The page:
True enough, the chocolate gelato turned out beautifully and was exactly as she had described it - 'The flavor was very deep and well-rounded, without a gritty/powdery aftertaste.' It was easy to scoop straight out of my freezer even after extended freezing. As I am not a big fan of deep, dark chocolate (unlike many of my friends and family), I used some dark chocolate with a lower cocoa content (45% as opposed to 70-75%) and it worked out just perfect for me.

Of course my gelato escapades would not stop there. It went one step further and ventured into the more dubious sounding Olive Oil Gelato. The first time I heard of Olive Oil Gelato, I was fascinated by what the inclusion of olive oil would do, but at the same time a little apprehensive by what the inclusion of olive oil would do. Still, I jumped into it without thinking. Instead of just using some really good, fruity extra virgin olive oil, I decided to use a lavender and citron thyme infused olive oil as well, that I had recently got my hands on from JM Thiercelin, courtesy of Bats. I recently got a huge stash of samples to play around with, so don't be alarmed if I keep plugging them in subsequent entries.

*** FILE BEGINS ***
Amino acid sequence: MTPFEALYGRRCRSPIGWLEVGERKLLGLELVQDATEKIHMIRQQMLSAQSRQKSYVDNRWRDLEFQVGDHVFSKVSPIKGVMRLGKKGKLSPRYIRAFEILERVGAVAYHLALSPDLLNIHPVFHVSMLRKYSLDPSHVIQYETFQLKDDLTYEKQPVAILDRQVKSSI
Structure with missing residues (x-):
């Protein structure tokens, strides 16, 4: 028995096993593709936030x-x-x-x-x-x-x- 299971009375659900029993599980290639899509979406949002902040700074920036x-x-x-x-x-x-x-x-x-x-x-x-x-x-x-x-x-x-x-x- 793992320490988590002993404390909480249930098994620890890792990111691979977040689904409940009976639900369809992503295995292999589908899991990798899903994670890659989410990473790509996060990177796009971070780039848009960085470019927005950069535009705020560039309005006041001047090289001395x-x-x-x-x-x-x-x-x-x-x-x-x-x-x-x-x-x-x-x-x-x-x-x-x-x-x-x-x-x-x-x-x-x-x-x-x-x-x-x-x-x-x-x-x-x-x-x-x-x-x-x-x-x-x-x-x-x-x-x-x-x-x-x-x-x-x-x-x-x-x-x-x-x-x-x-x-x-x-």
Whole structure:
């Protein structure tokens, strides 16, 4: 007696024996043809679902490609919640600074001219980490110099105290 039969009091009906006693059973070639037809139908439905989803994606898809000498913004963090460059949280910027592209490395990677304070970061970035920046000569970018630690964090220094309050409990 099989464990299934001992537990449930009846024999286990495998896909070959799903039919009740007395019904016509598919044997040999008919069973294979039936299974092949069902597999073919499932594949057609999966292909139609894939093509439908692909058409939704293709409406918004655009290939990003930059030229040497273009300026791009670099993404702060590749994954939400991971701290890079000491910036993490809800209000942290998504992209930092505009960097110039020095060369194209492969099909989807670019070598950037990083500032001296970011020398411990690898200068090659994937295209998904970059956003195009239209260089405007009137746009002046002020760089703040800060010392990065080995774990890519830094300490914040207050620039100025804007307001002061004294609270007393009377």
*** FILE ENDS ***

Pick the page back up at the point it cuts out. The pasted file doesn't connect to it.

This Lavender and Citron-Thyme infused olive oil smells exactly like it sounds, strongly of the earthy olive oil, with a second layer of the flowery lavender and citron-thyme. The aroma shone very strongly while I was heating the custard base over the stove, and this frankly made me a little worried that the resulting gelato would be overpoweringly flavoured. Thankfully, my concerns were unfounded. But as taste is extremely subjective, some others might use a lower concentration of the infused olive oil to get a gelato only vaguely perfumed by the floral and herby tones.